Fortnite, e-cigarettes and the latest in business news around N.C.

BY ZACHARY HORNER, News + Record Staff
Posted 1/10/20

It’s a new year and a new edition of the Corner Store. As you probably figured out last week, we’re going to keep this thing going into 2020.

We haven’t had a state business roundup in a …

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Fortnite, e-cigarettes and the latest in business news around N.C.

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It’s a new year and a new edition of the Corner Store. As you probably figured out last week, we’re going to keep this thing going into 2020.

We haven’t had a state business roundup in a while, so that’s what we’re going to do this week. Here we go:

Cary-based developer’s video game tops sales in 2019

If you have a pre-teen or teenage boy, or if you are one, or if you know anything about video games, or if you play video games — basically, if you’re a human — you know about Fortnite.

The incredibly popular shooting game brought in $1.8 billion in 2019, the most of any game, despite dropping from its $2.4 billion the year before. What makes Fortnite’s success, both initial and continued, somewhat surprising is that the main game mode, Battle Royale, is free to download. The money comes from extras players can spend money on for their in-game characters. As a former (terrible) Fortnite player myself, I understand the appeal, but it’s incredible that it’s continued to be successful since it was released on July 21, 2017.

Also, you can tell your kids that Fortnite was developed about 30 miles from downtown Pittsboro, in downtown Cary. That’s kind of cool. When I heard that, I thought it was cool, and I kind of sort of like video games.

FDA unveils plan to ban most flavors of e-cigarettes

As the cigarette-purchasing age goes up to 21, regulations on the rapidly-popular e-cigarettes are ramping up as well. On Jan. 2, the U.S. Food and Drug Administration announced a policy designed to focus on “enforcement against certain unauthorized flavored e-cigarette products that appeal to kids, including fruit and mint flavors,” according to a news release. The policy states that companies that don’t stop manufacturing, distributing and selling flavors other than tobacco or menthol within 30 days “risk FDA enforcement actions.”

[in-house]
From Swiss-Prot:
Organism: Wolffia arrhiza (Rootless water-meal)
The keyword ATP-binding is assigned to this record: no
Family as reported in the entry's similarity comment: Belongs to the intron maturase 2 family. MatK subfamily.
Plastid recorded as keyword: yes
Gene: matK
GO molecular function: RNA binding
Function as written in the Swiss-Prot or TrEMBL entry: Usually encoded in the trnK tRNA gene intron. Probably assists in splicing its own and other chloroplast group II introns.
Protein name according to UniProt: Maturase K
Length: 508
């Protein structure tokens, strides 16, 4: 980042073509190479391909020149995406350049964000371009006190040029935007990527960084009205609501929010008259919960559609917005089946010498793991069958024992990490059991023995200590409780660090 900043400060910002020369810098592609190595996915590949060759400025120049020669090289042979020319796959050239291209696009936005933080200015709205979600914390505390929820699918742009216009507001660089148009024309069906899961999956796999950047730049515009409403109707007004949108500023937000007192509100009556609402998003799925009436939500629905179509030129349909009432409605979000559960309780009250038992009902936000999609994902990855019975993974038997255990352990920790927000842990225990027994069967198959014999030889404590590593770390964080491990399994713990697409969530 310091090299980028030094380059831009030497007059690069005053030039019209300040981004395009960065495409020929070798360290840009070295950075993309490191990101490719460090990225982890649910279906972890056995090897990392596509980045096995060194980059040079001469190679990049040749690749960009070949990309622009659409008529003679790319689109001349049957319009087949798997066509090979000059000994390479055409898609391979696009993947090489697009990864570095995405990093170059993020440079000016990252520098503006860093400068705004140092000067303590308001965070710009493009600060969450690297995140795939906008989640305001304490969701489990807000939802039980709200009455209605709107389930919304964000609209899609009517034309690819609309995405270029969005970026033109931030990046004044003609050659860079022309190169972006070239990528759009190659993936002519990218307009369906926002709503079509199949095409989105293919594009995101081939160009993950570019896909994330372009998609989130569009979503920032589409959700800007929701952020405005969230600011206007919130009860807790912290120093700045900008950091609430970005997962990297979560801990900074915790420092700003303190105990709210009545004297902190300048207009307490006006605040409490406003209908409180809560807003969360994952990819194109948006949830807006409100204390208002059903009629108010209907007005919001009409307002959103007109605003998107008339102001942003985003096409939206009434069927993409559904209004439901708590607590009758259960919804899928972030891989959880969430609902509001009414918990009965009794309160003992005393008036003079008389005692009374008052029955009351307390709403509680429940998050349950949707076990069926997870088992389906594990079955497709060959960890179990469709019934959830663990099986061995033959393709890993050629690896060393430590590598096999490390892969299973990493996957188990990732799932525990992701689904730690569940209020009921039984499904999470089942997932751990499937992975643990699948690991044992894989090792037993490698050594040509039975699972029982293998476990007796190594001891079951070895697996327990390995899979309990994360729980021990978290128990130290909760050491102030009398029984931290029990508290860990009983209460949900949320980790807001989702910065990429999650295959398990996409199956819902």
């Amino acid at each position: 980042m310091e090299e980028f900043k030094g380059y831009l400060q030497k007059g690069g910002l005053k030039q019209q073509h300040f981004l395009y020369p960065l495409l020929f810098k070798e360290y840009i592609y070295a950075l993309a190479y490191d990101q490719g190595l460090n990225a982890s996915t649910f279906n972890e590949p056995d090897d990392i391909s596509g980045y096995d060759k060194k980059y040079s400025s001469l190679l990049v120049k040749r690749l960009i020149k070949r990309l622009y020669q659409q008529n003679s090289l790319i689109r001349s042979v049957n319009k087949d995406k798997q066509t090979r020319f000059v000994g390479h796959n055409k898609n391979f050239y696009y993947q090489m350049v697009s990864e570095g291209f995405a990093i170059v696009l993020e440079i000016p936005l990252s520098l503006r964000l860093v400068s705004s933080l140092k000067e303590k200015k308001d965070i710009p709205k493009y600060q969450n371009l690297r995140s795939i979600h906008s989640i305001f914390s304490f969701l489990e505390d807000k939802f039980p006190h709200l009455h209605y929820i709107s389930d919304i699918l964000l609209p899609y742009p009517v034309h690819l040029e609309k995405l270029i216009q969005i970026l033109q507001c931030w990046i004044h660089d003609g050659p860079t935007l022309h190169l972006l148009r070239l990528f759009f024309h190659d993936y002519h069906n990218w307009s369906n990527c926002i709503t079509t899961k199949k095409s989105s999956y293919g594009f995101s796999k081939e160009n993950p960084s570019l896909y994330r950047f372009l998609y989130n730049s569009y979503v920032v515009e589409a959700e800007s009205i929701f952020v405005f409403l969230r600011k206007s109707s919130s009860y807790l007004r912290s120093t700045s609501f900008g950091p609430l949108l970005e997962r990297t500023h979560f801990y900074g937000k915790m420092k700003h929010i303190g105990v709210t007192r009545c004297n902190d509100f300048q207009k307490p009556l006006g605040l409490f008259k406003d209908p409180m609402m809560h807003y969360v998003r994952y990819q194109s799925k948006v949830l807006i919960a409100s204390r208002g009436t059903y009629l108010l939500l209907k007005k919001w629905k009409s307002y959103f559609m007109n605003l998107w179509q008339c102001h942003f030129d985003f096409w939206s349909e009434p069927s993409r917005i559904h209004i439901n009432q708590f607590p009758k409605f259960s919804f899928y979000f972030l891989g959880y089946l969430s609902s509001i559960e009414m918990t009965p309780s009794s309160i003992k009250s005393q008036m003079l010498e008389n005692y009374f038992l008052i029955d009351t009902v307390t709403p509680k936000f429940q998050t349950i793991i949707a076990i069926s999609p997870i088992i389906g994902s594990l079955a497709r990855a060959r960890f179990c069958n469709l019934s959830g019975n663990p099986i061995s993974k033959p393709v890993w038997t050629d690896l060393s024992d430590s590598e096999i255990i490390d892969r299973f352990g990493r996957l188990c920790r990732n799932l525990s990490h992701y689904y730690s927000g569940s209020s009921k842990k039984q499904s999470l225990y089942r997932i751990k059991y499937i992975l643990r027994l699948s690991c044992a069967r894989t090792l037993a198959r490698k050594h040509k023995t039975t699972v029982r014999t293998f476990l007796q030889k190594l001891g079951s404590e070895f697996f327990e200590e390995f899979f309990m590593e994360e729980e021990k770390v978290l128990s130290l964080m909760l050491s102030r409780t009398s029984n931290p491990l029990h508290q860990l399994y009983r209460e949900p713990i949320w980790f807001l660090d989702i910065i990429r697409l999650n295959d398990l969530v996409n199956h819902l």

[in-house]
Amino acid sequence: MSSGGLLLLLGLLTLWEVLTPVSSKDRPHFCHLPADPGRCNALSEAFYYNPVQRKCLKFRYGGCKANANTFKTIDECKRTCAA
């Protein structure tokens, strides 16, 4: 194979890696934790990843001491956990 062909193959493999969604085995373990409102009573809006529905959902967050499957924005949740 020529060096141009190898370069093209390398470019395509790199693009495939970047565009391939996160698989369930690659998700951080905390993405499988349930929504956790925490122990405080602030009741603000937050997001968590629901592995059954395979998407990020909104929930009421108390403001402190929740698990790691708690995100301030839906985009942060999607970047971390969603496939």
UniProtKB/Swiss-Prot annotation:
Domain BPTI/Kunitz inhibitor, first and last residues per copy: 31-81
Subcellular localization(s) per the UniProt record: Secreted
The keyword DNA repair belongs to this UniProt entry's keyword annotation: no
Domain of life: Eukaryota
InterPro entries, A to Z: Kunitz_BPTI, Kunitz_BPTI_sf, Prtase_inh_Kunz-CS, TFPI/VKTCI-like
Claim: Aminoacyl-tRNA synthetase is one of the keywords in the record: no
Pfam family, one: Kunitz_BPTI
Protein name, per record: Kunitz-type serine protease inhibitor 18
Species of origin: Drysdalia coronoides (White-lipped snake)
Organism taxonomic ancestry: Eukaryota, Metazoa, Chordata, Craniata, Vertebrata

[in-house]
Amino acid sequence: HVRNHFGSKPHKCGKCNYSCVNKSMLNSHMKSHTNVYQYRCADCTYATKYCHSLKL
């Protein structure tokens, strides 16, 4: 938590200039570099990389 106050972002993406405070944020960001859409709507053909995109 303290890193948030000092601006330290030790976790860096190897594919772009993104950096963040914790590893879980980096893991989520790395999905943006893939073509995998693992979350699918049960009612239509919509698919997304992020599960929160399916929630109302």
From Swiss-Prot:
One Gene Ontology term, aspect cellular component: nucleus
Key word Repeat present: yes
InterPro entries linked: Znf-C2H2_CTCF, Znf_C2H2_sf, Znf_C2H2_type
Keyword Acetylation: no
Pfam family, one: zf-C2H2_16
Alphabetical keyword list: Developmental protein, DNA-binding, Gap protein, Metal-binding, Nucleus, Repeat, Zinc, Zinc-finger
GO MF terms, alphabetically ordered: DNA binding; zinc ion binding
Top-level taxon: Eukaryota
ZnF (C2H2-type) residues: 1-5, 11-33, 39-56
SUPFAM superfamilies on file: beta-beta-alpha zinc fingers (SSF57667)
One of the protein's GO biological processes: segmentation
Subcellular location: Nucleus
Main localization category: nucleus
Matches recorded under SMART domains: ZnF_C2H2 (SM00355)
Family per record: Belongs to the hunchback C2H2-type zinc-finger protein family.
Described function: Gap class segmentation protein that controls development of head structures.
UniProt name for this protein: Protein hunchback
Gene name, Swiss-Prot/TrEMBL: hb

“The United States has never seen an epidemic of substance use arise as quickly as our current epidemic of youth use of e-cigarettes,” U.S. Health and Human Services Secretary Alex Azar said in the release. “By prioritizing enforcement against the products that are most widely used by children, our action today seeks to strike the right public health balance by maintaining e-cigarettes as a potential off-ramp for adults using combustible tobacco while ensuring these products don’t provide an on-ramp to nicotine addiction for our youth.”

Chatham County has seen e-cigarettes become a focus of school- and county-based efforts to cut down on use. According to the 2017 Youth Risk Behavior Survey, 46 percent of Chatham high schoolers and 13 percent of middle schoolers have used an electronic vapor product, which includes vape pipes, vape pens and e-cigarettes. Chatham County Schools and the Chatham County government both have new “no tobacco” signs on its campuses which include e-cigarettes, and the county government formalized a no-tobacco-on-county-property ordinance late last year.

New pro sports team coming to Charlotte

Charlotte is already home to the National Football League’s Carolina Panthers, and next year, it will be home to another pro sports team. On Dec. 17, Major League Soccer announced that the league’s 30th team will locate in the Queen City, bringing top-flight American soccer to North Carolina.

“The awarding of an expansion team for Charlotte by Major League Soccer is a proud moment and significant for Charlotte and everyone in our community,” said David Tepper, the new team’s owner as well as owner of the Panthers. “I’ve made clear for a long time that I have two goals as a team owner: sustained winning on the field and making a difference in the community. These will be our goals with Charlotte’s MLS team, and the work begins today.”

Charlotte and North Carolina have a rich soccer history in recent years. A Concacaf Gold Cup doubleheader at Bank of America Stadium in June last year saw nearly 60,000 fans attend games featuring Mexico, Canada, Cuba and Martinique. The Mexican national team will play a match there in 2020. The Raleigh-based North Carolina Courage have won back-to-back National Women’s Soccer League titles.

Reporter Zachary Horner can be reached at or on Twitter at @ZachHornerCNR.


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